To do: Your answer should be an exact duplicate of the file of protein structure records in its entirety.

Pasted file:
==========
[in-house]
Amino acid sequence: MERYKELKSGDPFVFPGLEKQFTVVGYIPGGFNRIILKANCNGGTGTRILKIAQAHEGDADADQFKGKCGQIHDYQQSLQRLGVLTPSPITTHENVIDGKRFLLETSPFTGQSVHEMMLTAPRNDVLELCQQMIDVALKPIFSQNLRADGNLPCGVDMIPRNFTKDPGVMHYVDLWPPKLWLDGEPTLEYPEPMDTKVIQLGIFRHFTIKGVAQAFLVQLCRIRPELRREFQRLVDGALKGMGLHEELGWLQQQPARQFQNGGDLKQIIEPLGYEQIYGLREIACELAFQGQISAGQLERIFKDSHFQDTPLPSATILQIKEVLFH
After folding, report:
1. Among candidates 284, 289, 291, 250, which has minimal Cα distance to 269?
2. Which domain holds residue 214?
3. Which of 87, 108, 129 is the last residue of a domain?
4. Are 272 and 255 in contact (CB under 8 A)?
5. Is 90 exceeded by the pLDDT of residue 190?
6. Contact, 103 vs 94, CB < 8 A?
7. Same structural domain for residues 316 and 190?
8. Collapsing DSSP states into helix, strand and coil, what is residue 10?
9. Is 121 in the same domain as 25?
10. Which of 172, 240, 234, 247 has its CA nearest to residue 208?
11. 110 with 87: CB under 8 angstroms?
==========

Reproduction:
[in-house]
Amino acid sequence: MERYKELKSGDPFVFPGLEKQFTVVGYIPGGFNRIILKANCNGGTGTRILKIAQAHEGDADADQFKGKCGQIHDYQQSLQRLGVLTPSPITTHENVIDGKRFLLETSPFTGQSVHEMMLTAPRNDVLELCQQMIDVALKPIFSQNLRADGNLPCGVDMIPRNFTKDPGVMHYVDLWPPKLWLDGEPTLEYPEPMDTKVIQLGIFRHFTIKGVAQAFLVQLCRIRPELRREFQRLVDGALKGMGLHEELGWLQQQPARQFQNGGDLKQIIEPLGYEQIYGLREIACELAFQGQISAGQLERIFKDSHFQDTPLPSATILQIKEVLFH
After folding, report:
1. Among candidates 284, 289, 291, 250, which has minimal Cα distance to 269?
2. Which domain holds residue 214?
3. Which of 87, 108, 129 is the last residue of a domain?
4. Are 272 and 255 in contact (CB under 8 A)?
5. Is 90 exceeded by the pLDDT of residue 190?
6. Contact, 103 vs 94, CB < 8 A?
7. Same structural domain for residues 316 and 190?
8. Collapsing DSSP states into helix, strand and coil, what is residue 10?
9. Is 121 in the same domain as 25?
10. Which of 172, 240, 234, 247 has its CA nearest to residue 208?
11. 110 with 87: CB under 8 angstroms?